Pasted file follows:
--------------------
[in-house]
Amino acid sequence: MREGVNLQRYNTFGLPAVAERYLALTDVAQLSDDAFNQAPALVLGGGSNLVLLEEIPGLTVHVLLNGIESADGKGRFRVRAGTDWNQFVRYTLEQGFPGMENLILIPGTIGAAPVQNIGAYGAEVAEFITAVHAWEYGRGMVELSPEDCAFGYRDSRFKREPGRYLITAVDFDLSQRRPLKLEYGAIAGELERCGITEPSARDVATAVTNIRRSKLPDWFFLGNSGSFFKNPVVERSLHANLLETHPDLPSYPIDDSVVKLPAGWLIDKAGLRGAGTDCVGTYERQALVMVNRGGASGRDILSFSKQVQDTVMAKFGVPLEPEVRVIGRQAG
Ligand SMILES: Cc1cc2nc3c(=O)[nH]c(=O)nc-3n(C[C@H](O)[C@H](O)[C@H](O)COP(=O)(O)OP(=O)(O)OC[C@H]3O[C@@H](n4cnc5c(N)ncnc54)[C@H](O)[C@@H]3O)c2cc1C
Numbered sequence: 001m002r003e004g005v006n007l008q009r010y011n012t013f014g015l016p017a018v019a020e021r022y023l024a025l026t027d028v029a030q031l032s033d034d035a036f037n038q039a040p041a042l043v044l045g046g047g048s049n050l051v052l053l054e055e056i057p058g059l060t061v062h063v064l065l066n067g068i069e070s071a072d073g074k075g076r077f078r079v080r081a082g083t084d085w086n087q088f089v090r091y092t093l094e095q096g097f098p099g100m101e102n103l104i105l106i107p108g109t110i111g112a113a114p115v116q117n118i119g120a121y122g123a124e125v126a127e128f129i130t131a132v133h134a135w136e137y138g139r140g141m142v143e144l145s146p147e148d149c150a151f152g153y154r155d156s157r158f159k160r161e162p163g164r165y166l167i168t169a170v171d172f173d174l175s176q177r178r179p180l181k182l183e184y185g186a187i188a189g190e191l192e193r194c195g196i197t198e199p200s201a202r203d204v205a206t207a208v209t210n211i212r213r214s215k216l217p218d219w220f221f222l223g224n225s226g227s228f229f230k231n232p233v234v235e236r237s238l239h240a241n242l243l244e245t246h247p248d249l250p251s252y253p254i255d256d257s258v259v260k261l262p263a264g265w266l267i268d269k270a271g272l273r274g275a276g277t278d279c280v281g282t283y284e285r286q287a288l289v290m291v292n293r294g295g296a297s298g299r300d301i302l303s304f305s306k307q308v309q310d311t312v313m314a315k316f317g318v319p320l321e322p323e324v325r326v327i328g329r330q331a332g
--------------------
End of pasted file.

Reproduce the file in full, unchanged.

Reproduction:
[in-house]
Amino acid sequence: MREGVNLQRYNTFGLPAVAERYLALTDVAQLSDDAFNQAPALVLGGGSNLVLLEEIPGLTVHVLLNGIESADGKGRFRVRAGTDWNQFVRYTLEQGFPGMENLILIPGTIGAAPVQNIGAYGAEVAEFITAVHAWEYGRGMVELSPEDCAFGYRDSRFKREPGRYLITAVDFDLSQRRPLKLEYGAIAGELERCGITEPSARDVATAVTNIRRSKLPDWFFLGNSGSFFKNPVVERSLHANLLETHPDLPSYPIDDSVVKLPAGWLIDKAGLRGAGTDCVGTYERQALVMVNRGGASGRDILSFSKQVQDTVMAKFGVPLEPEVRVIGRQAG
Ligand SMILES: Cc1cc2nc3c(=O)[nH]c(=O)nc-3n(C[C@H](O)[C@H](O)[C@H](O)COP(=O)(O)OP(=O)(O)OC[C@H]3O[C@@H](n4cnc5c(N)ncnc54)[C@H](O)[C@@H]3O)c2cc1C
Numbered sequence: 001m002r003e004g005v006n007l008q009r010y011n012t013f014g015l016p017a018v019a020e021r022y023l024a025l026t027d028v029a030q031l032s033d034d035a036f037n038q039a040p041a042l043v044l045g046g047g048s049n050l051v052l053l054e055e056i057p058g059l060t061v062h063v064l065l066n067g068i069e070s071a072d073g074k075g076r077f078r079v080r081a082g083t084d085w086n087q088f089v090r091y092t093l094e095q096g097f098p099g100m101e102n103l104i105l106i107p108g109t110i111g112a113a114p115v116q117n118i119g120a121y122g123a124e125v126a127e128f129i130t131a132v133h134a135w136e137y138g139r140g141m142v143e144l145s146p147e148d149c150a151f152g153y154r155d156s157r158f159k160r161e162p163g164r165y166l167i168t169a170v171d172f173d174l175s176q177r178r179p180l181k182l183e184y185g186a187i188a189g190e191l192e193r194c195g196i197t198e199p200s201a202r203d204v205a206t207a208v209t210n211i212r213r214s215k216l217p218d219w220f221f222l223g224n225s226g227s228f229f230k231n232p233v234v235e236r237s238l239h240a241n242l243l244e245t246h247p248d249l250p251s252y253p254i255d256d257s258v259v260k261l262p263a264g265w266l267i268d269k270a271g272l273r274g275a276g277t278d279c280v281g282t283y284e285r286q287a288l289v290m291v292n293r294g295g296a297s298g299r300d301i302l303s304f305s306k307q308v309q310d311t312v313m314a315k316f317g318v319p320l321e322p323e324v325r326v327i328g329r330q331a332g